Finished product of HAE HAE in nest.
Concept Sketches: Different iterations, coloured rendering, interface and stand design.
Prototyping: Using a range of different materials- blue foam, polystyrene, 3D printing and CAD
How the product is used.
What it does
HAE HAE is an inhaler that has been designed for children, making it easier to trigger and hold with its rounded form, less intimidating with its appearance and encourages children to take their medicine.
Throughout my life I have had family and friends who have suffered from asthma and asthmatic symptoms. Through research I had found that smaller hands find the inhaler awkward to hold and have more difficulty trying to trigger the device too. If the inhaler is triggered wrong, the patient will not receive the full amount/benefits from their medicine. In New Zealand there are 7466 hospitalizations a year due to asthma, 47% of them are children, and over 586,000 school days are missed due to Asthma. It is the 3rd leading cause of death in NZ. Costing NZ over 858 million dollars a year and on average 63 people die from asthma each year in NZ.
How it works
Once Hae Hae is turned on, the device will come up with information in regards to the battery life, how much medicine is left inside the canister as well as provides helpful information like when/how long to shake the inhaler, when to inhale and a reward system for taking one's medicine. The oval mouthpiece is more secure, easier and has better stability when placed in the spacer. The canister is locked in place with a keyhole access at the back that opens up when the screen reads that the user is running low on medicine. The device can be triggered easily by both adults and children with the extension of the trigger wings that can be folded down when not in use. The inhaler's shape and form are ergonomically suited for smaller hands to hold onto- while the spiral textured cheeks, act as an extra support system for children to hold onto when dispensing medicine- This also adds to the aesthetically pleasing and friendly look to the product as well.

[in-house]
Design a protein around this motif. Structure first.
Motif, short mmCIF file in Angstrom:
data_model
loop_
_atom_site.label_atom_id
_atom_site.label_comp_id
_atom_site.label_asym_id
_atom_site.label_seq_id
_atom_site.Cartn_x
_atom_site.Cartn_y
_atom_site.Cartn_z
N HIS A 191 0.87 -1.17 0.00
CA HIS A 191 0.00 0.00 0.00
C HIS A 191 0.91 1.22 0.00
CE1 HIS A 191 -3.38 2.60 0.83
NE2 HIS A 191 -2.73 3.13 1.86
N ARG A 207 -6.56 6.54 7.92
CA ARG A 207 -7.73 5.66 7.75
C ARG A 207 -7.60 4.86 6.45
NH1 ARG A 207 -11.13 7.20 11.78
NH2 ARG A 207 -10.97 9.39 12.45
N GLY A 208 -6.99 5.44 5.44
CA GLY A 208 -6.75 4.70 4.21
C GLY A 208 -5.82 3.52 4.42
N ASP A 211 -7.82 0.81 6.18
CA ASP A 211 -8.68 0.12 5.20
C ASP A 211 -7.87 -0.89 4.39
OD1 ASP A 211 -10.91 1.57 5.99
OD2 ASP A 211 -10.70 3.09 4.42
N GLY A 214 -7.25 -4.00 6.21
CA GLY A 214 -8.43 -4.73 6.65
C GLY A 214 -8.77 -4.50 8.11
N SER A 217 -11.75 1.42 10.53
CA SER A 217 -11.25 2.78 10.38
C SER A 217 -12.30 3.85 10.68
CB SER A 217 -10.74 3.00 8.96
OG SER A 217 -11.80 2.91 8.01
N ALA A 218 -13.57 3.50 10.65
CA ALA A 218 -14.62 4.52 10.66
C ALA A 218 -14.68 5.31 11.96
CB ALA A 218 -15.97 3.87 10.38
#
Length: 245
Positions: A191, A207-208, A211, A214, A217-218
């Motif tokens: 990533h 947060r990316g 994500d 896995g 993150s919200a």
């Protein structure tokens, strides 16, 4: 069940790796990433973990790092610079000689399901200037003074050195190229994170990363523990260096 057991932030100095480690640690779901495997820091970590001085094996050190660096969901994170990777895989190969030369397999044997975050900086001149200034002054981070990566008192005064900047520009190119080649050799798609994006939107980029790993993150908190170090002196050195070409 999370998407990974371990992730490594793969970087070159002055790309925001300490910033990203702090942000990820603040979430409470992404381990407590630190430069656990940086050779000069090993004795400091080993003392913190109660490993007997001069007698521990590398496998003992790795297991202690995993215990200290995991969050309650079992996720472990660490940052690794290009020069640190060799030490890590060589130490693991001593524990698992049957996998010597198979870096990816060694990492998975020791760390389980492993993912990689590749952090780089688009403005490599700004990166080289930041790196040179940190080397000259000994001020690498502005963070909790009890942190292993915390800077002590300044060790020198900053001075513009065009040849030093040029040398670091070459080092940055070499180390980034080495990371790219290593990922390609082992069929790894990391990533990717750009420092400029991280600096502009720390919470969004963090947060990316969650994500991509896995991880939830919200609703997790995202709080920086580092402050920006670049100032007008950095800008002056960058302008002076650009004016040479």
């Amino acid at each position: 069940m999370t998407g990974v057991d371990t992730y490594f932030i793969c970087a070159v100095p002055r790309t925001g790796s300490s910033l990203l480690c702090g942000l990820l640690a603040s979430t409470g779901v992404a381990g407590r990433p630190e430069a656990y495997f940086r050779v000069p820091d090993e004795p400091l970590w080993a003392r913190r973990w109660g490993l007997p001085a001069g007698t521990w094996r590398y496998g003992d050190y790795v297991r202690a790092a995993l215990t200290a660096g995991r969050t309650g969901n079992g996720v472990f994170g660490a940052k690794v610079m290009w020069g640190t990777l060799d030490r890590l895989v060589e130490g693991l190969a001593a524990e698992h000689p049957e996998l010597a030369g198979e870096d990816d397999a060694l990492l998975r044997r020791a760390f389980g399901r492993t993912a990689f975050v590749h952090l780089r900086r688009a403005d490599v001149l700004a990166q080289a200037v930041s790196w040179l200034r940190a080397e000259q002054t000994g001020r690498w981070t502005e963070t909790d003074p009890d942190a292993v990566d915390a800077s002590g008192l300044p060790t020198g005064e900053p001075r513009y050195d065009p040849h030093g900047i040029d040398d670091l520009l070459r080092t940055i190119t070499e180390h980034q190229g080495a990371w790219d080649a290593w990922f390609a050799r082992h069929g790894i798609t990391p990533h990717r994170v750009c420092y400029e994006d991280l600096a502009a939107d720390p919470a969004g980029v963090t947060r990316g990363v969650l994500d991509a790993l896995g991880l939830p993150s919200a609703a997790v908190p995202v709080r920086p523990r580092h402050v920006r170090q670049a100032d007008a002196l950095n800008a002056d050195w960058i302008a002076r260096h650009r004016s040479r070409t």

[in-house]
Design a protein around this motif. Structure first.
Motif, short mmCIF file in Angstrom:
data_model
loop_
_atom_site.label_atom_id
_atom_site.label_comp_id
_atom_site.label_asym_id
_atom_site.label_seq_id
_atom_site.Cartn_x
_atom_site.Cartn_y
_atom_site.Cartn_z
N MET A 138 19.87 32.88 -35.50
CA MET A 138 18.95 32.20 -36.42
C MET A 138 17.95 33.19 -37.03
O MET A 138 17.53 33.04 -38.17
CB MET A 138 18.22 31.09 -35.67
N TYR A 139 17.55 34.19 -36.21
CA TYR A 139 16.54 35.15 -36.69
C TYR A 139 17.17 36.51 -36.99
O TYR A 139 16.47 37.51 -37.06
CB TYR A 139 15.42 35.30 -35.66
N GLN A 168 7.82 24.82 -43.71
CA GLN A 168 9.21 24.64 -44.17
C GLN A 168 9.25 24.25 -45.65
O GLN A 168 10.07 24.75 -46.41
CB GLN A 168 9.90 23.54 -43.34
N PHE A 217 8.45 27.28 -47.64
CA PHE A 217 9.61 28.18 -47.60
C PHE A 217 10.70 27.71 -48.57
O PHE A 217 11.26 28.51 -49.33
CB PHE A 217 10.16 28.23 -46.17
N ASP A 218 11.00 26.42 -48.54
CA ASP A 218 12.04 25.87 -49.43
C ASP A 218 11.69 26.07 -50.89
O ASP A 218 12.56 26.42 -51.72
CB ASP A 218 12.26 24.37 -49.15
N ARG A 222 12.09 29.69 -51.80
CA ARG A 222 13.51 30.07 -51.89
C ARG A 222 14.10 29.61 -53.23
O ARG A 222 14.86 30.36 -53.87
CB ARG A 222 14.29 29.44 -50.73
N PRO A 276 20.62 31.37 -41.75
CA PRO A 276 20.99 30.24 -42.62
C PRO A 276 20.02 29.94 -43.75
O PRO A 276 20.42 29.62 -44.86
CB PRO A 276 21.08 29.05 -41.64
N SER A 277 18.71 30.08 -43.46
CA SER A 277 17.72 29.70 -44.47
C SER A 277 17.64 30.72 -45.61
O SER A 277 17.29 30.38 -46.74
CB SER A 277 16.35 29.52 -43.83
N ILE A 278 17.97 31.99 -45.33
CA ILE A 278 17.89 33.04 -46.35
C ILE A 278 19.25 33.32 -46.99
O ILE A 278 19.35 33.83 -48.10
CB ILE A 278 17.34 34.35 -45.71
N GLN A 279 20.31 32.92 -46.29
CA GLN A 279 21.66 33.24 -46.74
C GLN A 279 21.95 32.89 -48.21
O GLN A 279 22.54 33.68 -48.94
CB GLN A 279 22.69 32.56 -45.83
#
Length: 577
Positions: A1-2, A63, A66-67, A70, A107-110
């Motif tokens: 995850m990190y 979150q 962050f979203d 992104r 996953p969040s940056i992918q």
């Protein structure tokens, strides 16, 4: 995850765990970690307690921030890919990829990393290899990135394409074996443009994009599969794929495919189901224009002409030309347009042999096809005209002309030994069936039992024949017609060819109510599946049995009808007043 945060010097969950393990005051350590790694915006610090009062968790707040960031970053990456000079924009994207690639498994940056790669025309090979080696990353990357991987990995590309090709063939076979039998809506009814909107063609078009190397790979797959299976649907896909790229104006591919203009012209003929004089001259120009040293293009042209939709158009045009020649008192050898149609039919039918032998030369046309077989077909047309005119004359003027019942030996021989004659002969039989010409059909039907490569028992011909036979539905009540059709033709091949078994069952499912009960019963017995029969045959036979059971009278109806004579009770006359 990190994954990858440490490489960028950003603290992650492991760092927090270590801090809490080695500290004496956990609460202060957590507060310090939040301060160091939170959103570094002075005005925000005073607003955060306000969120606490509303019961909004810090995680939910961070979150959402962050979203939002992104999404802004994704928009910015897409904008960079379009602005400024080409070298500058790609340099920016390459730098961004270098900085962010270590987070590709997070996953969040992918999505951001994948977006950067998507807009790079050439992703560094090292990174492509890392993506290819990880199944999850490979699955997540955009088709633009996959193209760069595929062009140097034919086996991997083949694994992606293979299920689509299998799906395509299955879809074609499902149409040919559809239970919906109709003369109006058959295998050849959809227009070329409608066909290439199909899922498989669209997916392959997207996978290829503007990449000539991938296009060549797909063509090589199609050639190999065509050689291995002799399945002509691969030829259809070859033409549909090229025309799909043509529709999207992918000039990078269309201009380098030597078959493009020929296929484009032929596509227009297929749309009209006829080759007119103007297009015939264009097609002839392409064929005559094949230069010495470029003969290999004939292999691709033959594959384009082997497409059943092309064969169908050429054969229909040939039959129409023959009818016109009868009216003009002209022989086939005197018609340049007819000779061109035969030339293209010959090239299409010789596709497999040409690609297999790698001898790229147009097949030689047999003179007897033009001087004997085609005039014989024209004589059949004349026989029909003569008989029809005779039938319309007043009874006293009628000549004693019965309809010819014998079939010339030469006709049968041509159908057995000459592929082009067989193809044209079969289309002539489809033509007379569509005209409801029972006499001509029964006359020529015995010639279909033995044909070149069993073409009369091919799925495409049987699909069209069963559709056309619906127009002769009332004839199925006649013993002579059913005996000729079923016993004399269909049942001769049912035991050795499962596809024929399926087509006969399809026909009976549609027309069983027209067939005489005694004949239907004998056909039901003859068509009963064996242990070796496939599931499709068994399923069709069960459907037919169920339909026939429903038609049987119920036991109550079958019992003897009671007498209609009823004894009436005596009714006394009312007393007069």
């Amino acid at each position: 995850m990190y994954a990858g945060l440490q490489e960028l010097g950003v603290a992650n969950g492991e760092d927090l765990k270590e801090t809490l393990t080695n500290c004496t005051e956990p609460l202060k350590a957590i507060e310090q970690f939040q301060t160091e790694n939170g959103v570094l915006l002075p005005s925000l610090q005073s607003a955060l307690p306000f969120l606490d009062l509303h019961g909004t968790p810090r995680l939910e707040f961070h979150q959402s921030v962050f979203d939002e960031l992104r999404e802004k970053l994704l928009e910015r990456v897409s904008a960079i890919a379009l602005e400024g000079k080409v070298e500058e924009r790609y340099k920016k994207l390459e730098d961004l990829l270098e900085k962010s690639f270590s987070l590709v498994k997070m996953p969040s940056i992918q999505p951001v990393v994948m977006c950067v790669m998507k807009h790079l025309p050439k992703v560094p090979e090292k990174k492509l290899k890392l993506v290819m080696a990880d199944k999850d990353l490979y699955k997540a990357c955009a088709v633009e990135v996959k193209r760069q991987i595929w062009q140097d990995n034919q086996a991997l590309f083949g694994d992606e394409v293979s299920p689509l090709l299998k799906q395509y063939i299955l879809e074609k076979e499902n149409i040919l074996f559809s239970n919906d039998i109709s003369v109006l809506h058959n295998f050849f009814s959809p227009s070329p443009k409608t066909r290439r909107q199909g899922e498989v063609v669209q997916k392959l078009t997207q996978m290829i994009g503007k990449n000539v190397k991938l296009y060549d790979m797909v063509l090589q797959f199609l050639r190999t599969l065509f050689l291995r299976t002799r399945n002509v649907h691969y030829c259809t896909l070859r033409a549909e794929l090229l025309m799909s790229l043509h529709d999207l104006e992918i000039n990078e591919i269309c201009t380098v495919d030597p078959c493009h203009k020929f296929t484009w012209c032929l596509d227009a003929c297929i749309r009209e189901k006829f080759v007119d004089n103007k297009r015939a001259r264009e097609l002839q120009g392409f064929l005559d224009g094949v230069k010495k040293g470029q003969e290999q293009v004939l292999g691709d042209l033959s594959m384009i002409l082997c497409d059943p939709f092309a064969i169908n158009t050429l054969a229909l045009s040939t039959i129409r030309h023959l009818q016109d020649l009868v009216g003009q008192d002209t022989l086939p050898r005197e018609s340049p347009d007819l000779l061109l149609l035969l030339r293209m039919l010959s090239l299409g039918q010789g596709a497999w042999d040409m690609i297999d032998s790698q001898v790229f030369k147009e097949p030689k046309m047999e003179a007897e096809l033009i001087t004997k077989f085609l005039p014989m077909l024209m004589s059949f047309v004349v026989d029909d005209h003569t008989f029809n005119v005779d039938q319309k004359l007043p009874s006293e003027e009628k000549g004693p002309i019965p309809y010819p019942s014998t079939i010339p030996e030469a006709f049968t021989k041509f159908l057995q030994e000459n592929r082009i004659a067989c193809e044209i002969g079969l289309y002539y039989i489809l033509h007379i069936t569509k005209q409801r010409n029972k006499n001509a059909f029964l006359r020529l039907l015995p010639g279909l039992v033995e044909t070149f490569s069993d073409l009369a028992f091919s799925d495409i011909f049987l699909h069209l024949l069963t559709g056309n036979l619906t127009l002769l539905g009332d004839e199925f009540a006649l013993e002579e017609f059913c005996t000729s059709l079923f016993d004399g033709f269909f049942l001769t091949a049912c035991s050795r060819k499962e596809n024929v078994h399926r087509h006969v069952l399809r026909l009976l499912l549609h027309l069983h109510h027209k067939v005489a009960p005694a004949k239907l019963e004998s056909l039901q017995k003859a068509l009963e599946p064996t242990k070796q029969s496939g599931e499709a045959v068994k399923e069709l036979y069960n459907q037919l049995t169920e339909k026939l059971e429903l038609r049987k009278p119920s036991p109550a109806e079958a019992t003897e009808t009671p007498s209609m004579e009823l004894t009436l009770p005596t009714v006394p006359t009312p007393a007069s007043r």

My design process was driven by my project research. The process consisted of many freehand drawings, analogue rendering, rapid prototyping with cardboard, monster clay, polystyrene, yellow and blue foam to become familiar with the form and turning my drawings into physical models. The development of my inhaler was reviewed and received a lot of great constructive feedback when I would take my models and research back to the professionals and children. It was from their feedback that I would begin to focus on the size of the inhaler and ergonomics- This was succeeded by using CAD and 3D printing to iterate and develop the overall form, trigger system and screen of the inhaler. I would find myself constantly moving my freehand renders and CAD work into solid works, allowing me to play with the colour scheme and understand the digital shadowing. The mouthpiece was iterated in the same process as the rest- both in size, shape and length to ensure that it fit into the current space chamber. By the coming end of my project I decided that my product would be 3D printed in resin and the cheeks were to be printed in a mixture of both resin and silicone to give the texture feel and remind the user on where to hold- As well as using this gave my project the best and cleanest finish.
How it is different
Hae hae is different by the way that there is no other inhaler on the market that is targeted towards children and has been designed to be easily understood, used or as engaging. This was made possible by the thoughtful design of making the appearance, form and aesthetics have a friendly look to it. The triggering system on this device has been made easier due to the rounded ears for better control and stability when triggering the device- This also contributes to Hae Hae’s shape and form to ensure that it is easier to hold and function when using the device. The life cycle has been increased by the use of the charging port and the refilling of the canister only- While also having my product being produced from renewable materials compared to fossil based plastic. The price may be a bit higher than the current ventolins price of $10-12, but the user is getting more than just a product that dispenses medicine, you're getting comfort, engagement etc.
Hae Hae had received great feedback from users, colleagues and professionals who helped with the development of my design. I even had a pharmaceutical rep show interest in my work and have a look at my project. From here, I would love the opportunity to develop the spacer while also modifying and furthering the development of Hae Hae (turning it into a working product). My aim would be to strive for better portability, retractability, comfortability, engaging and of course encouraging children to interact with the product and have the understanding of why the spacer is important to use especially when paired with Hae Hae.